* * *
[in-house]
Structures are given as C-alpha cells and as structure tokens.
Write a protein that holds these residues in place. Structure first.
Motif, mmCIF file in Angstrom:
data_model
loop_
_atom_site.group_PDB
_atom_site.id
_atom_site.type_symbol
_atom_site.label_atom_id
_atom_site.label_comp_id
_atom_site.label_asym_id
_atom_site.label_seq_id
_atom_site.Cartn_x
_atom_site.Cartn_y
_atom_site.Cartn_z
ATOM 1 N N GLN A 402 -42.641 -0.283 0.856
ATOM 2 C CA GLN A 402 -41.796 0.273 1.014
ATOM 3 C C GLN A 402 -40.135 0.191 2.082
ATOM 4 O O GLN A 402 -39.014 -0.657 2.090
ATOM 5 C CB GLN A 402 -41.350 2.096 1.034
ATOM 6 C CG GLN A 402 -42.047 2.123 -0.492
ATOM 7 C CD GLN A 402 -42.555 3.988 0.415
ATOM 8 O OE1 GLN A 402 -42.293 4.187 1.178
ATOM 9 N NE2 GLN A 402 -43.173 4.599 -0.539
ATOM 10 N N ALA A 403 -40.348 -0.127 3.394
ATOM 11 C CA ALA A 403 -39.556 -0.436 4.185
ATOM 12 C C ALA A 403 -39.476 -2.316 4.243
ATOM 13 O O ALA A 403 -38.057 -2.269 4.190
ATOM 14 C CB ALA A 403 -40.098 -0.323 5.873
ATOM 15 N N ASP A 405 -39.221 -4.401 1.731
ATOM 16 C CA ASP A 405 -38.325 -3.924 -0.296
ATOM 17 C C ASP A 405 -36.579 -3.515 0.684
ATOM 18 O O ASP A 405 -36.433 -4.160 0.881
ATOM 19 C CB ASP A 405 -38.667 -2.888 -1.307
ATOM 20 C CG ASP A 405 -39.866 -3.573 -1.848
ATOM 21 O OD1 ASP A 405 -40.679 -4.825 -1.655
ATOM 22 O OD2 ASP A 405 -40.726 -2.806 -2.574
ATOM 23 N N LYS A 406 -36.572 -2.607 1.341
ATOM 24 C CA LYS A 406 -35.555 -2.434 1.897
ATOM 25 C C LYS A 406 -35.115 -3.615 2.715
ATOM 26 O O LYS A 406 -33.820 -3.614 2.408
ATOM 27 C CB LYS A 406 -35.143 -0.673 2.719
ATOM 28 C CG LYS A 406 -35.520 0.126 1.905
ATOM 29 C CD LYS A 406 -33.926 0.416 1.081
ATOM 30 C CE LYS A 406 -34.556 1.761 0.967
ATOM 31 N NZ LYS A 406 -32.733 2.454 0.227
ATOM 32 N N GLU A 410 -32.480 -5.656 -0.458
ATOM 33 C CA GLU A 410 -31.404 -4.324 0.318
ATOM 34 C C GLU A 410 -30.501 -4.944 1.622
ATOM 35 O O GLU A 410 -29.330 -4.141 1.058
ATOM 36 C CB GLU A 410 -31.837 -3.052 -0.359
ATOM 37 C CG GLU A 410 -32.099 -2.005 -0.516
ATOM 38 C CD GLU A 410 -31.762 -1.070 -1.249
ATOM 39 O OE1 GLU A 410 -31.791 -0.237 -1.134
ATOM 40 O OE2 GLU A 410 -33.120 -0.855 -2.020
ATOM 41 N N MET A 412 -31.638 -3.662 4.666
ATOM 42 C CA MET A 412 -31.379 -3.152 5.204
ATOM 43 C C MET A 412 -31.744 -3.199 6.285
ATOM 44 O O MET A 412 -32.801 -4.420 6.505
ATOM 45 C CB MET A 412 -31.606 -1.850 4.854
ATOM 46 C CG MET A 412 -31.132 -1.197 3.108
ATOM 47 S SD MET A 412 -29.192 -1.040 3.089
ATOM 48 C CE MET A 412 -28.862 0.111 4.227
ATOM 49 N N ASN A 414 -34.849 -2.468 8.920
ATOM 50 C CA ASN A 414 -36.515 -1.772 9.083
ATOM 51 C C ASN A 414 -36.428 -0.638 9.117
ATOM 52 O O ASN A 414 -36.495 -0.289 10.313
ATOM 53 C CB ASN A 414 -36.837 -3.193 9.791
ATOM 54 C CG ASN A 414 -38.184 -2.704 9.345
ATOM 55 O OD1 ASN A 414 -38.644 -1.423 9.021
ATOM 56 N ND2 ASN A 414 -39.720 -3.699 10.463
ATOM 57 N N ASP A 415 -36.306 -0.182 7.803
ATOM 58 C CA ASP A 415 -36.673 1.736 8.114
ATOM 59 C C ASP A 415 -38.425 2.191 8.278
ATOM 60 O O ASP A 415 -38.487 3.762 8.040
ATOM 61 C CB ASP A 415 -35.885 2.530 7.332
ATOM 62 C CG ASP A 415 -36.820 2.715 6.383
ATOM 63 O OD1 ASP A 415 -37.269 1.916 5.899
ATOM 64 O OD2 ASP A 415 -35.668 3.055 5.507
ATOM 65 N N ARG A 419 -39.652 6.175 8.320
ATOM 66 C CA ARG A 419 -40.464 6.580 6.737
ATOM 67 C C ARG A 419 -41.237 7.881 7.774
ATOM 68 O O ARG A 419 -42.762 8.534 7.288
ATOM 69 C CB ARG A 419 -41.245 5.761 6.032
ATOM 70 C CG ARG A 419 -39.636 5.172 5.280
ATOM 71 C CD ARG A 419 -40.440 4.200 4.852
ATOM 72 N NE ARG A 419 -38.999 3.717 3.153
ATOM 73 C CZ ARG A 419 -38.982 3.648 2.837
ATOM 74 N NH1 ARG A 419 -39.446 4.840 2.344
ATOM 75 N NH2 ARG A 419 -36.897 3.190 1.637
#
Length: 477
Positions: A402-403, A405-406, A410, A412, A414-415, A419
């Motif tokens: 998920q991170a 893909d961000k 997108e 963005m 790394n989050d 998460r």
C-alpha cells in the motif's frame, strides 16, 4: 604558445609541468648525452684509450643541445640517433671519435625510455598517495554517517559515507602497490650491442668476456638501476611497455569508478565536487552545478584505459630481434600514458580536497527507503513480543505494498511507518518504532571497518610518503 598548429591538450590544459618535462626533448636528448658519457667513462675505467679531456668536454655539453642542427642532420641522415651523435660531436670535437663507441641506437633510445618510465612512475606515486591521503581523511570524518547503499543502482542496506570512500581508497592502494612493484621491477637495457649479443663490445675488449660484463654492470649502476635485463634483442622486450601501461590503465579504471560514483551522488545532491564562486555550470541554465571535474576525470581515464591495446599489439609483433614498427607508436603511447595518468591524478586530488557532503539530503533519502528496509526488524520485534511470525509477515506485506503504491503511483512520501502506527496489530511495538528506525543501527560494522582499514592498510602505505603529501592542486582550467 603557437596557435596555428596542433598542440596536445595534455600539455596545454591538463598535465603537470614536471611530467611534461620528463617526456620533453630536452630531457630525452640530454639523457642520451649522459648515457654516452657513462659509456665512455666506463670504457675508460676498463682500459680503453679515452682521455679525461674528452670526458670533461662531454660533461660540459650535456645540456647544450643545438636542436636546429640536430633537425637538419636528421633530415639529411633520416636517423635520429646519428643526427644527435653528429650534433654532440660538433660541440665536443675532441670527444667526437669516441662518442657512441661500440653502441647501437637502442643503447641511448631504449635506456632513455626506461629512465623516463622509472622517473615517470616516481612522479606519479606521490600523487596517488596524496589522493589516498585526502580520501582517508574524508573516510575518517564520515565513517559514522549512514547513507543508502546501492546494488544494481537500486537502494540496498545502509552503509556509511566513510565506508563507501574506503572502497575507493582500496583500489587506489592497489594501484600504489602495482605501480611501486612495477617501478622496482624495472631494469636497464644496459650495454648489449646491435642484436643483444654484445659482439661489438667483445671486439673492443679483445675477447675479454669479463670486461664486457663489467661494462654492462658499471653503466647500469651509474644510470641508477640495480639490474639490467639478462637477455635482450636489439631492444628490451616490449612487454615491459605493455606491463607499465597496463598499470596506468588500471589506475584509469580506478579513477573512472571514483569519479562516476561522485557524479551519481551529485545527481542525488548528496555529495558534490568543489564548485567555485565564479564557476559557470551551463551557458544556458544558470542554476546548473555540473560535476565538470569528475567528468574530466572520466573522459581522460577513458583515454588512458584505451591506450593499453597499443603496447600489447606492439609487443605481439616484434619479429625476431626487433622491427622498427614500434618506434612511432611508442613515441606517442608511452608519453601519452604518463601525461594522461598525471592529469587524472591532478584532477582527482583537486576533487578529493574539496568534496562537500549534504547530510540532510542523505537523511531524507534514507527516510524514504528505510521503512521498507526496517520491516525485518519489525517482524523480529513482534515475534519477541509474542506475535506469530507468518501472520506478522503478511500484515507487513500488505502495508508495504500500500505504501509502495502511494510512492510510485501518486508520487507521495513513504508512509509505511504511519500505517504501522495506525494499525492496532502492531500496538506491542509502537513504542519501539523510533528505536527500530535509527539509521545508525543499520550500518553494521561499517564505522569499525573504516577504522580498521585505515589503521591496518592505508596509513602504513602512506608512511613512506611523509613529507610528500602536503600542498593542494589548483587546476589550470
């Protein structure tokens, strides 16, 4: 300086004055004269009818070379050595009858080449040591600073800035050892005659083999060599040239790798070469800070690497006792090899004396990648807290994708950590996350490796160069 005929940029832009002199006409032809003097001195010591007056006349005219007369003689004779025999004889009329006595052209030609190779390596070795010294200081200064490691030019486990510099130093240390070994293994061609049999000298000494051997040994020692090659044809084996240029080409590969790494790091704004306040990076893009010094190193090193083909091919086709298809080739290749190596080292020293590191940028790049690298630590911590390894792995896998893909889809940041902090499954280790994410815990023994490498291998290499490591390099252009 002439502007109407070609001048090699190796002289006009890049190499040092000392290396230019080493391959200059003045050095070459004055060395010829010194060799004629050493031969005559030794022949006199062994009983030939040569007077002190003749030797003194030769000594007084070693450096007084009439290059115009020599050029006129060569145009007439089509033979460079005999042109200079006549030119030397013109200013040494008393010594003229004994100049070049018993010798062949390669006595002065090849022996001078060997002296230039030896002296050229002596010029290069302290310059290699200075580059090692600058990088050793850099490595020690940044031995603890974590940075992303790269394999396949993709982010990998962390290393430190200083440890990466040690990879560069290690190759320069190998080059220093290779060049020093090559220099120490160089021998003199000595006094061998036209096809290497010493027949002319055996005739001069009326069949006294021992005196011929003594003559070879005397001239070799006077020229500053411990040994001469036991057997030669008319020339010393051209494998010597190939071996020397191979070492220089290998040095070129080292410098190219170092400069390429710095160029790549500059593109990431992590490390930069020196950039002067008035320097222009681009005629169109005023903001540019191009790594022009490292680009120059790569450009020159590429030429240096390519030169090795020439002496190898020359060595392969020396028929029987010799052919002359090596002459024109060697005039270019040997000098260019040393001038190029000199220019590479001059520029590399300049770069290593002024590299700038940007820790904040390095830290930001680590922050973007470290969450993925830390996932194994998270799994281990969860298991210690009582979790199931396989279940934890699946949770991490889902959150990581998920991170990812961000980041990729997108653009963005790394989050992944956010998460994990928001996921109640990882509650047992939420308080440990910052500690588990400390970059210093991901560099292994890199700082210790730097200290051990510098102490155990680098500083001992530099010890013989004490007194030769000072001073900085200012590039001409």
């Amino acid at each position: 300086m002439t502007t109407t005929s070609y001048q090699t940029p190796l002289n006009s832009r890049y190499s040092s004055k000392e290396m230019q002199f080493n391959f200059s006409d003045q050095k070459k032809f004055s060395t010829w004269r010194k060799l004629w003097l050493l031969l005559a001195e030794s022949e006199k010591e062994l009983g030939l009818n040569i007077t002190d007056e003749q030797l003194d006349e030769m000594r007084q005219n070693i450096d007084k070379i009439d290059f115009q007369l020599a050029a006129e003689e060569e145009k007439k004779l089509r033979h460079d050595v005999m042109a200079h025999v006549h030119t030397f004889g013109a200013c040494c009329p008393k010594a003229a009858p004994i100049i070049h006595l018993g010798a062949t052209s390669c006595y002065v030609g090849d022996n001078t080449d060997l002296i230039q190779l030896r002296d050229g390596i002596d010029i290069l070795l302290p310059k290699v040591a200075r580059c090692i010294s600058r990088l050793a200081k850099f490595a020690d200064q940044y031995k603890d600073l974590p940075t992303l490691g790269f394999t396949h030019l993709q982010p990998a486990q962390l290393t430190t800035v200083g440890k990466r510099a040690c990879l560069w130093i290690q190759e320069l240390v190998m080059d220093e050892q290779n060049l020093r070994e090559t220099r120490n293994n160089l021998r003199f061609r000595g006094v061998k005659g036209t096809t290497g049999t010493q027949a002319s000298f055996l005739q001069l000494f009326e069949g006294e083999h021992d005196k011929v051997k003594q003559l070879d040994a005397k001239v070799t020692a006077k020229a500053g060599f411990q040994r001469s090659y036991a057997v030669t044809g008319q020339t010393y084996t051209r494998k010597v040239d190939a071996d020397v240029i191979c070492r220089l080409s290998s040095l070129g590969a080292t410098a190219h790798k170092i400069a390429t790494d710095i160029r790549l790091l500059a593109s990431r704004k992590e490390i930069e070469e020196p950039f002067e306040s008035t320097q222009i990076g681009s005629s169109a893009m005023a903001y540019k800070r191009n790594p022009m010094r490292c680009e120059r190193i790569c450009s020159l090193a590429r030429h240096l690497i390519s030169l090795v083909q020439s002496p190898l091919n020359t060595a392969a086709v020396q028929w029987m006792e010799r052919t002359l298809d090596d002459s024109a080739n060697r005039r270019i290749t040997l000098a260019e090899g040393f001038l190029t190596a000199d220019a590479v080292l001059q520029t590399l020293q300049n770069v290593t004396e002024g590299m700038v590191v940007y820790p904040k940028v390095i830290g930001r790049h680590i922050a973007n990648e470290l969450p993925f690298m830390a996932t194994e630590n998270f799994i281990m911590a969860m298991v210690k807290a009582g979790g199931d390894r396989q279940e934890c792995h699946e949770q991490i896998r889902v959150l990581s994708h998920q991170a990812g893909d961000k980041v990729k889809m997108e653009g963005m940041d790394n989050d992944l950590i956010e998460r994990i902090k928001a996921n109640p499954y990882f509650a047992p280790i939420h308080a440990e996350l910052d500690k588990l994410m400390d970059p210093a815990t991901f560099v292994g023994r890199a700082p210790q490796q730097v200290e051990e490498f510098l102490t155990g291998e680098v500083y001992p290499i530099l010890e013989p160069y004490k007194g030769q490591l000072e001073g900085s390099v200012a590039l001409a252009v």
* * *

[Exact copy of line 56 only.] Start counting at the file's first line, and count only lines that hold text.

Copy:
ATOM 40 O OE2 GLU A 410 -33.120 -0.855 -2.020